As people head indoors for winter during the remaining two months of Trump’s tenure, the death toll in the US could reach 405,000 by Feb. 1, according to pandemic modeler Ali Mokdad of the Institute for Health Metrics and Evaluation at the University of Washington. “The public needs to be more vigilant to take care of our loved ones,” Mokdad said in a recent briefing held by the Infectious Diseases Society of America.
“The US is languishing in this pandemic because of a failed, and sometimes completely absent, federal response,” pediatrician Rhea Boyd said by email. “There is no escaping that fact, especially as we watch other nations, some with comparable resources to ours and some with less, successfully navigate their way through this international crisis with far fewer cases and deaths.”
Biden faces the enormous task of regaining the public’s trust after an election that spun basic medical questions, from the usefulness of masks to the dangers of prescribing unvetted drugs, into points of political tribalism. Abetted by advisers like neuroradiologist Scott Atlas, Trump flouted mask-wearing and social distancing, and expressed an openness to the controversial strategy of fully reopening society and letting the virus spread among healthy people.
“I hope that trust will come back from the general public — it’s going to be a really steep hill to climb,” said Angela Rasmussen, a virologist at Columbia University. “This is definitely not going to happen overnight even if the CDC, on night one, issues clear and consistent guidelines.”
Ideally, Topol said, a Biden administration would demonstrate a commitment to transparency by holding daily press briefings with the heads of the key health agencies and career scientists like Anthony Fauci, whom Trump sidelined and publicly berated. “On day one, we have the science and public health experts call all the shots,” Topol said.
The Trump administration made vaccines a central part of its strategy, overpromising on both their timing and efficacy. Now, a Biden administration faces the prospect of telling the public that vaccines will likely be, at best, 70% effective at blocking the disease. A vaccine is not expected to be available for the vast majority of Americans until the middle of next year. On Oct. 30, the CDC’s Amanda Cohn warned an agency advisory panel that a vaccine was “not a panacea.”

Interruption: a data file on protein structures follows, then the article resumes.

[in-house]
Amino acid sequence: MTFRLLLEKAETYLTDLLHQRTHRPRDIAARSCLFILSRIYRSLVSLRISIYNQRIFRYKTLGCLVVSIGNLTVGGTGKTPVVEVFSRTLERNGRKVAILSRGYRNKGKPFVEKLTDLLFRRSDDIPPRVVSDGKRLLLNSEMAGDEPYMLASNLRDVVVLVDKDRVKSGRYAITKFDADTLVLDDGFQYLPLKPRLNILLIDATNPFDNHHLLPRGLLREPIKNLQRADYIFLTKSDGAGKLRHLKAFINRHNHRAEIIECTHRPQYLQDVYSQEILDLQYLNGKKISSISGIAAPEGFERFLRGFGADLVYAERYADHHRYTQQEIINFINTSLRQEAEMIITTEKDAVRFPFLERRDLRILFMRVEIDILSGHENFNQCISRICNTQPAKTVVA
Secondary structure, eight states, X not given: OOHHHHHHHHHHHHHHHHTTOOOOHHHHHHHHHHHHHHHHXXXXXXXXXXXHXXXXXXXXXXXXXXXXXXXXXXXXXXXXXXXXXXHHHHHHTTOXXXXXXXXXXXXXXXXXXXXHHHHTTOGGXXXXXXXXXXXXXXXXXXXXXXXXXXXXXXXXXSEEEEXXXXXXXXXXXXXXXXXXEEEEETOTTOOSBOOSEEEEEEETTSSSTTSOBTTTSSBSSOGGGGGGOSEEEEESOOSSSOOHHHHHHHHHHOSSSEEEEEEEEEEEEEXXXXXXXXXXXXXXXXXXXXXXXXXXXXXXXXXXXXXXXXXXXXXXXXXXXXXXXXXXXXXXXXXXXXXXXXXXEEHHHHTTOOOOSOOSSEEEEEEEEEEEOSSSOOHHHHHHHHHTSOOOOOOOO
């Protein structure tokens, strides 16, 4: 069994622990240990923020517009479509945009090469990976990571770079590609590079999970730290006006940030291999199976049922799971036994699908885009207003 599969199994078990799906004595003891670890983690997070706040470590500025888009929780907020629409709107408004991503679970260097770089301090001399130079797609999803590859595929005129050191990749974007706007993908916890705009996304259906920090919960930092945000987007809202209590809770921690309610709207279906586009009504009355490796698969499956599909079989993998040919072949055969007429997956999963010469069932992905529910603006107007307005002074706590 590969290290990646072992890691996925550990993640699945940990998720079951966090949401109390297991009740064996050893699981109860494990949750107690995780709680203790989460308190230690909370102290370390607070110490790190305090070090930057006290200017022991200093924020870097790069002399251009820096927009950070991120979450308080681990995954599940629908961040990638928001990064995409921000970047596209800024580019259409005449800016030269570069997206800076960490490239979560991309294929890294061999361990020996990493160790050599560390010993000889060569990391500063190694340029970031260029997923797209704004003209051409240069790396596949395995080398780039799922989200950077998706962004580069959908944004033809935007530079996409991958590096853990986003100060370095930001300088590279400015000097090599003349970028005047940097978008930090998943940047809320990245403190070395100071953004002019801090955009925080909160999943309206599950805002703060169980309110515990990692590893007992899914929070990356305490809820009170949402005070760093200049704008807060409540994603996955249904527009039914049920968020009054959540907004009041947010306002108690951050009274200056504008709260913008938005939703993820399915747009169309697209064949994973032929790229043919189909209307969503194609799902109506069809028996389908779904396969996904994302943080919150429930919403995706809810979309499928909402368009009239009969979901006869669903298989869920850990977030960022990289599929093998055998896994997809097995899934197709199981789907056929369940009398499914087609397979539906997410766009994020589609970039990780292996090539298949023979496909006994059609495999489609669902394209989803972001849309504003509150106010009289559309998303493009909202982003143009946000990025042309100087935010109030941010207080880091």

“The US is languishing in this pandemic because of a failed, and sometimes completely absent, federal response.”
And getting the vaccine to everyone who needs one will be an enormous challenge. When vaccines begin rolling out, they will need to conquer logistical hurdles, such as national distribution and low-temperature storage requirements.
During the campaign, Trump took shots at Biden for how he handled the 2009 H1N1 flu pandemic as vice president. Only around 23% of adults ended up getting an H1N1 flu vaccine, serving as a cautionary tale. As public trust in the coronavirus vaccine plummeted this summer, convincing people to get their shot — and, in the case of the two-shot vaccines, to come back for their second dose — will be difficult.
“There are some hardcore people who don’t want a vaccine,” said Ezekiel Emanuel, a health adviser to the Biden campaign and a former adviser to the Obama administration. “But the real target is people who are wavering and uncertain because of the way that the FDA has been pressurized, the politicization. I think once the public is convinced the Biden administration is not doing that, they’ll have a very different response.” (Emanuel, who spoke to BuzzFeed News prior to the election, will reportedly be part of the president-elect’s coronavirus transition task force.)